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10 Minutes To Increased Productivity By Unplugging

January 15, 2017

 

Do you find yourself more productive in the morning than the afternoon?  Do your afternoons feel more like a jumbled mess of checking emails and trying to keep your head above water until 5pm hits?

 

What if you could have a SECOND wave of energy after lunch?  A time you could really count on, to get SHIT done.  Work you could really be proud of.  What price would you pay for that?  Would you pay with your time?  

 

The challenge men like you and I have is that we are such hard workers that we can’t dare consider taking that time to reset our body and mind.  It feels like a waste.  It’s why we eat through lunch.  It’s the perpetual treadmill.  We answer one more email, take one more meeting, make one more phone call.   It feels like we are being more productive but chances are we aren’t. 

 

So how do you improve this?  

 

One great way is through the recent trend of mindfulness.  And before you say anything, it’s not just for women.  It can be especially powerful for men. 

 

Research shows that practicing just 10 minutes of mindfulness per day helps to improve productivity by being able to stay more focused. It has also been shown to increase the sense of happiness.

As a busy professional, here’s a practical way to incorporate mindfulness which involves your body as well.

 

What you need:
A phone set to timer mode, an undisturbed room and an exercise mat (if you can) for comfort.

 

What you do:


After lunch go into your quiet (office?) room, shut the door, turn off the lights and computer monitor.  Take off your shoes, undo your belt and undo the button on your pants (don’t get too excited here…that’s as far as it goes).  Grab out your phone, turn it to airplane mode, set the timer to 10 minutes.  Lay on your back on your mat and hit start.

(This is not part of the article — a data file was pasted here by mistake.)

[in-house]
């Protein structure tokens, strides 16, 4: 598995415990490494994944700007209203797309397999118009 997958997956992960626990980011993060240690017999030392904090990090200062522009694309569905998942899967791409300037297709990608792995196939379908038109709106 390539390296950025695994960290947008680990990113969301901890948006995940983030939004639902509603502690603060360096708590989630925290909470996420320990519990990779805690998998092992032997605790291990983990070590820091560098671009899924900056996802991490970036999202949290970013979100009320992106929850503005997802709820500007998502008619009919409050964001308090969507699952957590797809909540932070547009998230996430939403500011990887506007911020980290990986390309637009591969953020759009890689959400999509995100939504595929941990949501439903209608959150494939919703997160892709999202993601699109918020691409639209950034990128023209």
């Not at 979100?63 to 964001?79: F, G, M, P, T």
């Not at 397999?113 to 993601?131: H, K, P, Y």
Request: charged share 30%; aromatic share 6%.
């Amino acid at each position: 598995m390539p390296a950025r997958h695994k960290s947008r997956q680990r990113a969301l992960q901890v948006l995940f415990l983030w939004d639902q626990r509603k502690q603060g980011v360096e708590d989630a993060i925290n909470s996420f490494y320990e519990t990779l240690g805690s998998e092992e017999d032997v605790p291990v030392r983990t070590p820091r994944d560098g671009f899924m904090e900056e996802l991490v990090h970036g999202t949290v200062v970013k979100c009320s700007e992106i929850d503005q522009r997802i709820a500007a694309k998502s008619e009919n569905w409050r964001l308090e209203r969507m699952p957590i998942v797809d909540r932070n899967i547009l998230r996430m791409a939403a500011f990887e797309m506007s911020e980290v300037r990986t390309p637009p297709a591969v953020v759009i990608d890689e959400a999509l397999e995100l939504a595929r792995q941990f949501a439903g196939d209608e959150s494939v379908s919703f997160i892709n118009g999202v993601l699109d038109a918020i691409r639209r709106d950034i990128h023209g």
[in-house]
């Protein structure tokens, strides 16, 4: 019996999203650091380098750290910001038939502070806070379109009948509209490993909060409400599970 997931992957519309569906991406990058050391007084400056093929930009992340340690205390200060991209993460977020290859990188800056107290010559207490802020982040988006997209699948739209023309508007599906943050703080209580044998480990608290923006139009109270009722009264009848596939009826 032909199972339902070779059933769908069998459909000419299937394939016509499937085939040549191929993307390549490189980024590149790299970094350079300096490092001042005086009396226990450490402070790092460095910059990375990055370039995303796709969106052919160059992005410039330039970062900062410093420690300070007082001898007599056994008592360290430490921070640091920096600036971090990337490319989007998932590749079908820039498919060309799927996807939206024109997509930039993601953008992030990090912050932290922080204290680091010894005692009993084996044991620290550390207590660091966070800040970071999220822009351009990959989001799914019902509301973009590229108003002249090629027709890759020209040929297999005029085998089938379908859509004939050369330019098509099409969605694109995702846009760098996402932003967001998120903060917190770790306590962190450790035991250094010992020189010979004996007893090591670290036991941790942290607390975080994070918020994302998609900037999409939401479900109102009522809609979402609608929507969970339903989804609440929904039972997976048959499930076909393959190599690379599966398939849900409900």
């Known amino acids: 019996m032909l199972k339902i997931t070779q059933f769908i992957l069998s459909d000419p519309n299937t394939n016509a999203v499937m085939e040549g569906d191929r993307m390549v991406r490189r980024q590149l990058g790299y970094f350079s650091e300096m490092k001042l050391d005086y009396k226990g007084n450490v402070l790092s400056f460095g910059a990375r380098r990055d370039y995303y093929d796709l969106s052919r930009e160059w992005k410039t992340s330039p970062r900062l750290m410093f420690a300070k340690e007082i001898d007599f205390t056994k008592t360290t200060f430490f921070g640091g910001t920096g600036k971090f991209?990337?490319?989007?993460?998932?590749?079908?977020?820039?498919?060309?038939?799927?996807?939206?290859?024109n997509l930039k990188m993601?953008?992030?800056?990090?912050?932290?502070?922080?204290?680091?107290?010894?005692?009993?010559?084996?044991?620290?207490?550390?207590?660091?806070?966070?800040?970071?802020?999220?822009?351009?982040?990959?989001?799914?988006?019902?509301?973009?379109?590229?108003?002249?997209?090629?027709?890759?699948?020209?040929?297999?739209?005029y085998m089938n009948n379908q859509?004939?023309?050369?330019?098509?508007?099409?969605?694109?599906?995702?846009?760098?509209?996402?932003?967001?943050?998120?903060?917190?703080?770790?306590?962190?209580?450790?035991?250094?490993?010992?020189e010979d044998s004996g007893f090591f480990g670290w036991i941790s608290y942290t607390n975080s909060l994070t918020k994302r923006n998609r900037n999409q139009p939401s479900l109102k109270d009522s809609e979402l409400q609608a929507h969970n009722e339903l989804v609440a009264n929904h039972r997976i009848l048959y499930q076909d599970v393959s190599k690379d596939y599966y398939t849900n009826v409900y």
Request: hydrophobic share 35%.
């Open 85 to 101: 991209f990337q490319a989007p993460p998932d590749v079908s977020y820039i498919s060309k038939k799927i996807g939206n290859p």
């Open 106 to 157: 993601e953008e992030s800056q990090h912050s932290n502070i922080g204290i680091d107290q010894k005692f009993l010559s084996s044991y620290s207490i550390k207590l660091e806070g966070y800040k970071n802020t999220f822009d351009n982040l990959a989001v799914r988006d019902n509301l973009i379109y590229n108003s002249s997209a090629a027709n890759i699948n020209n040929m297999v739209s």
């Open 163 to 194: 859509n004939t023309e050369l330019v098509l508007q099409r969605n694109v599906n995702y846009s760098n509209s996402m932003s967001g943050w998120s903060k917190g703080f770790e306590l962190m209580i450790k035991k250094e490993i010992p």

Body- You are first going to relieve tension in the body through a series of stretches.  Just a quick disclaimer that you should always consult with your health care professional before performing exercise or stretches.  Hold each stretch for 30 seconds.

 

The first stretch is bringing your knees towards your chest, hugging them and gently rocking side to side to massage your lower back.  

 

Next is a spinal twist performed by putting your hands out to your sides, then lift your knees up over your hips and gently bring your knees to one side of your body whilst looking across the opposite direction, then change sides.  

 

The last stretch is called “happy baby”.  Bring your legs over your chest, reach up to grab your feet, then spread your legs as wide as you comfortably can and gently rocking back and forth.

 

Breathing – Take 10 long slow breathes.  Aim for diaphragmatic breathes where you breathe in through you nose and expand your stomach first then your chest secondthen exhale slowly and collapse your chest first then stomach. Keep awareness to your breath.

 

Brain – Take a moment to feel your body.  Notice how much more relaxed it feels.  Now focus on the spot between your eyes on your brow.  As thoughts come up, don’t resist them or engage with them, notice they are happening and let them drift through you.  If you find this difficult you can always bring your attention back to your breathing.  Remember it is perfectly normal to be distracted by thoughts.  Let them come up and let them pass.  Stay in this state until your alarm goes off.  

 

Now go forth and be fruitful in your afternoon!  Notice if you can stay more focused in your work.  

 

Make this a daily habit and watch what happens to your productivity.

 

Miles Lunde has a passion for helping career driven family men maximise the return on their health.  He is currently a GM in the health care sector, has an MBA, has been a personal trainer for 13 years as well as a holistic lifestyle coach, husband and father of 2.

 

References

1. Mrazek, M.D., Franklin, M.S., Philips, D.T., Baird, B., Schooler, J.W. (2013). Mindfulness Training Improves Working Memory Capacity and GRE Performance While Reducing Mind Wandering. Psychological Science, 24 (5), pp.776-781.

2. Killingsworth, M.A., Gilbert, D.T. (2010). A Wandering Mind is an Unhappy Mind, Science, 330, p. 932.

 

Image credits:

Image by: Linvoyage: https://www.flickr.com/photos/linvoyage/

Image location: https://www.flickr.com/photos/linvoyage/14996835235/in/photolist-oRdGCK

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